Difference in Steam Below and Above 212°F?

I know you can’t set the oven to sous vide above 212°F, but it seems like there is also a limitation on steam production when set to cook above 212.

For example I created a recipe that was using 200°F with 100% steam, and then transitioning to 350° to finish. When I’d start that cook I’d head two distinct clicks coming from around the water tank at the start, like it was adding water. When finished at 350° the oven would be producing a lot of steam. I wanted to raise the initial steam temperature to around 250°, and still 100% steam. When cooking that way, there were no clicks, and the steam made by the oven was much less.

Is this a correct assessment? The oven doesn’t make as much steam when set to above 212°F?

Hi Club, and yes, your assessment is correct, - mostly.

Consider that steam is water in its gaseous state at 212F and at 1 atmosphere of pressure. Steam can’t get hotter than that without increasing the ambient pressure in your cooking vessel.

Your Anova oven is unpressurized, so 212F steam is the hottest you can get. Steam in your oven at 250F would require substantially higher pressure and a Stationary Engineer’s license to operate it. There may be a better explanation in your oven’s operating manual. When I doubt, check your manual or check back here.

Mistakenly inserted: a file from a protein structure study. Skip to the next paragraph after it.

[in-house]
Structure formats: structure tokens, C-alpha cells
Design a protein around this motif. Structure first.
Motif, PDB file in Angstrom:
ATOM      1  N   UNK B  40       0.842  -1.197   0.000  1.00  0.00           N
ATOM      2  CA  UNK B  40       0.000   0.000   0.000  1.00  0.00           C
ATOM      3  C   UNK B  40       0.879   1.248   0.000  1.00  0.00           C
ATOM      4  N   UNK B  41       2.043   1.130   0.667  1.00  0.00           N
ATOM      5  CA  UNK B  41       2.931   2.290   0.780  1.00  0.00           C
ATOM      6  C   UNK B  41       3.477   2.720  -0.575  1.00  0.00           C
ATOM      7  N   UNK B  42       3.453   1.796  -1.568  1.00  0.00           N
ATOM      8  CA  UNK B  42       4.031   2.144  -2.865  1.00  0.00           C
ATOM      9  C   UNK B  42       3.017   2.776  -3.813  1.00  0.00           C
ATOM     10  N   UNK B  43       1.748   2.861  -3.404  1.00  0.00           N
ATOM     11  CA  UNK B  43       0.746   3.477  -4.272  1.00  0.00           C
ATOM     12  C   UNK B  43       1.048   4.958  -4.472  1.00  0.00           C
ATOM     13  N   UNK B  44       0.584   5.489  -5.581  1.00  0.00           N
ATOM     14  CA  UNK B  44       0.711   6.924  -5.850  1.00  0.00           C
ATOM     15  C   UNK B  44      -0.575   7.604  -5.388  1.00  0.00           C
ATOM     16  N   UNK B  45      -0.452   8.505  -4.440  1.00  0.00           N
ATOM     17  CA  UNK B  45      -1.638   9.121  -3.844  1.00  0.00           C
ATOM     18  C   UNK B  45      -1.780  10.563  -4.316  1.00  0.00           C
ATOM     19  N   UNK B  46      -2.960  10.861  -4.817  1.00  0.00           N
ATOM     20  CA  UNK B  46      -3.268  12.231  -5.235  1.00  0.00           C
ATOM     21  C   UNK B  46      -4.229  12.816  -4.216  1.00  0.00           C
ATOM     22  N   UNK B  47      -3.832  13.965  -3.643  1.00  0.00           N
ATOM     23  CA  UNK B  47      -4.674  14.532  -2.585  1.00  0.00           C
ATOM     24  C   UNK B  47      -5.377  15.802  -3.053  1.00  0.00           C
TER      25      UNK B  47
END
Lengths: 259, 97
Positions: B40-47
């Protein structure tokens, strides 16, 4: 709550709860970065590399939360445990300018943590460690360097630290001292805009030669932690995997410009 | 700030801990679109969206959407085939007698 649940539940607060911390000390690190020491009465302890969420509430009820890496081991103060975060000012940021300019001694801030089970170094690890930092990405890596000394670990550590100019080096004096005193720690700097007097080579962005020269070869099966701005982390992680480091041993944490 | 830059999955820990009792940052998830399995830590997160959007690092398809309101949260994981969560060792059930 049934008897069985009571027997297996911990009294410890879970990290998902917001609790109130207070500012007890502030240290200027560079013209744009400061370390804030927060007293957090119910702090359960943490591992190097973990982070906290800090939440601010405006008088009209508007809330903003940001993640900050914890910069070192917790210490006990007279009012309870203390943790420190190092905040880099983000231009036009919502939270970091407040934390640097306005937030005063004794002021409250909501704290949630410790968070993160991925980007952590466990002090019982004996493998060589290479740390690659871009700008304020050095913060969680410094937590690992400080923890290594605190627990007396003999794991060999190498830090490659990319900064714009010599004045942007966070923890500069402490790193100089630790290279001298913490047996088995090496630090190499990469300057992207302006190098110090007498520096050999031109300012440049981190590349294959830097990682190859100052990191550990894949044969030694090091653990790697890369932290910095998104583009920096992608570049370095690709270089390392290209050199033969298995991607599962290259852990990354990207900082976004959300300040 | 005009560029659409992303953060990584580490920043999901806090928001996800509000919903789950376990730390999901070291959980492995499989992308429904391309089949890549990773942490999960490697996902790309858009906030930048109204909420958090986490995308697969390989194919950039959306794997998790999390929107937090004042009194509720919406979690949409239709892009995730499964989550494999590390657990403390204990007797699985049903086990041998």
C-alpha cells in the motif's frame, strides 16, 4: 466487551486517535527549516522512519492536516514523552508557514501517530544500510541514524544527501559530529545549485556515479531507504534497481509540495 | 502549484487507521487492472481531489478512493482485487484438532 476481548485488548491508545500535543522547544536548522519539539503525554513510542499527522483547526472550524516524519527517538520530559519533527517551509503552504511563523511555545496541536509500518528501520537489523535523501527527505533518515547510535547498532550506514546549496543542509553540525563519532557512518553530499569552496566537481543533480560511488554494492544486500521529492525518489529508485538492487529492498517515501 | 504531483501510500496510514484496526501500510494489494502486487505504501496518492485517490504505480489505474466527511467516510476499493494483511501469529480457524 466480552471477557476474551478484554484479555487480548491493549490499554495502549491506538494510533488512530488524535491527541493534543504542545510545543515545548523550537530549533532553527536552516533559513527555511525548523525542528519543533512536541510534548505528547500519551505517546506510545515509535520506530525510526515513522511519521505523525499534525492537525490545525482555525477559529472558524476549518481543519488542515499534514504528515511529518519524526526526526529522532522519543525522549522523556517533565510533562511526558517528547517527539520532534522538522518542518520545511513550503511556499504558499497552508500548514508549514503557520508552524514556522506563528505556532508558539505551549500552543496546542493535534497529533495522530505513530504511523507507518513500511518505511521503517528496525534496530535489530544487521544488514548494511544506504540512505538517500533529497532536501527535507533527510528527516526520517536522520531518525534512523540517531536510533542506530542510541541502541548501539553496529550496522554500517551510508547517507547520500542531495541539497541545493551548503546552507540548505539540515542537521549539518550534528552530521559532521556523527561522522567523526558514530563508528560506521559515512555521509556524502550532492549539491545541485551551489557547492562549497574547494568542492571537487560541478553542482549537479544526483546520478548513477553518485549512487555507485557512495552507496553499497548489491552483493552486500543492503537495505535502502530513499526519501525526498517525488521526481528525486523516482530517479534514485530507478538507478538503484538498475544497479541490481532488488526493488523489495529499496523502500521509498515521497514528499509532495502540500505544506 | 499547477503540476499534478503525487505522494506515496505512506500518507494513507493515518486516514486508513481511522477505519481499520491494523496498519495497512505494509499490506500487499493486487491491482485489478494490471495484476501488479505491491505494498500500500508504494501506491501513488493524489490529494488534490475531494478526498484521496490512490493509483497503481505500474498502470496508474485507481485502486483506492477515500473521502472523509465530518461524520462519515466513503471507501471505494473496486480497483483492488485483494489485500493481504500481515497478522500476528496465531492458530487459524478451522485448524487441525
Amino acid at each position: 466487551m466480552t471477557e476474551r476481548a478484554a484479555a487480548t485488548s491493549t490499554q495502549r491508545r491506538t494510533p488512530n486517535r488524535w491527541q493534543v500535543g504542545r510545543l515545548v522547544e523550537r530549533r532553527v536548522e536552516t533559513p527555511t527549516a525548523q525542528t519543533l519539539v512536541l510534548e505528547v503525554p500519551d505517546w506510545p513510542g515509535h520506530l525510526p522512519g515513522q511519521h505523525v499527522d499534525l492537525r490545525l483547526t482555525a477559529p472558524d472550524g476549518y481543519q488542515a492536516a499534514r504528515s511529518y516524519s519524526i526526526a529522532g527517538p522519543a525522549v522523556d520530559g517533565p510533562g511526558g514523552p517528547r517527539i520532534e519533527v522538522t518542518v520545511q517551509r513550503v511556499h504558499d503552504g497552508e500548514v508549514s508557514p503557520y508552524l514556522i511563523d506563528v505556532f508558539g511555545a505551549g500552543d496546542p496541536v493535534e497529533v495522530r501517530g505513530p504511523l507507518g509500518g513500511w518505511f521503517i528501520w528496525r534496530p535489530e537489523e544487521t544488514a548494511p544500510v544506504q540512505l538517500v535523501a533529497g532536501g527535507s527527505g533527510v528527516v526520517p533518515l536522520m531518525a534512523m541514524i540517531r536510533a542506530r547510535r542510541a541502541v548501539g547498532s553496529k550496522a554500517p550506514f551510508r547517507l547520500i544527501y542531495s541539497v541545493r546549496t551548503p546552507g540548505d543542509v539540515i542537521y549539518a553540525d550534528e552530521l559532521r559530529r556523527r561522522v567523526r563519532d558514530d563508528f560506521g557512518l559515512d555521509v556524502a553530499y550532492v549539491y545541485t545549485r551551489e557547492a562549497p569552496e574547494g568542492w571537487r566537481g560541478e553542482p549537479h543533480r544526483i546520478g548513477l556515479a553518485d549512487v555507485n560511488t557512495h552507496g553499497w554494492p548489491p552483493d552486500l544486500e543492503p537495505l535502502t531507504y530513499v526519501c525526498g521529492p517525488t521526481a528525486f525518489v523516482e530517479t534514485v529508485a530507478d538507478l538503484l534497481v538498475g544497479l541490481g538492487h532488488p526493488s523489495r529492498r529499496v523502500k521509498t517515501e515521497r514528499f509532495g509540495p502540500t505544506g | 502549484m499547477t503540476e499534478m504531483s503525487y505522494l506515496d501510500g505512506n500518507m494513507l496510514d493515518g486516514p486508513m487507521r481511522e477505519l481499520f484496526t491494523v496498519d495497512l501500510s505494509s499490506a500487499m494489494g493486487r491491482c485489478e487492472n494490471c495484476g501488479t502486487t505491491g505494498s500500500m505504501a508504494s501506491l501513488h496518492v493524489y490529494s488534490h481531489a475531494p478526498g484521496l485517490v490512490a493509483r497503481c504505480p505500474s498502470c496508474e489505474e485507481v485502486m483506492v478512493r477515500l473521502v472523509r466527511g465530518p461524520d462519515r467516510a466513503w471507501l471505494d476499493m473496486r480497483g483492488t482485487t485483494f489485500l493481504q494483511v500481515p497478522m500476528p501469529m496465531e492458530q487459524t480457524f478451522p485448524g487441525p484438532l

When cooking at temperatures above 212F your oven’s steam mode reacts to adjustments in its relative humidity setting. Thus you’re cooking at 250F with 100% relative humidity, not steam.

You’ll soon get the hang of it.


No, below 100 C the setting is relative humidity, above 100 C it’s how hard the steam generator works, 0% means it’s off, 100% means it’s working at max power. When we discuss the temperature of steam remember that steam is normally what we call water vapour created by boiling water, water cannot go above 100 C at normal pressure but the steam generated by boiling water can of course be vented into an oven where the temperature is much higher, such as the APO, even if the oven of course is at normal pressure. So, if you’re cooking at temps above 100 C att 100% it just means that the temp in the oven is whatever you set it to and the steam generator is att “full steam ahead”

1 Like

It makes more “steam” above 100 C if you set it to 100%, that’s why it´s recommended to steam att 101 C 100% instead of 100C

I should have been more clear about water vapor vs. steam.

So, when I run at or below 212°F, it seems like the oven introduces a lot more water. This is revealed by how much water vapor is released during the higher temperature portion of the cook. Why does it seem to introduce much less water with the same 100% when the temperature is set above 212°F? I would have thought it would take more water to hit the same relative humidity at the higher temperature. There’s no water vapor released during the higher temperature 0% steam part of the cook. It seems like the oven is doing something completely different in that case.

It is a bit unclear for me, is the high temp part at 0 or 100 % steam? Do you have any food in the oven or are you trying it out?
You should have more steam generated at 100% above 100 C.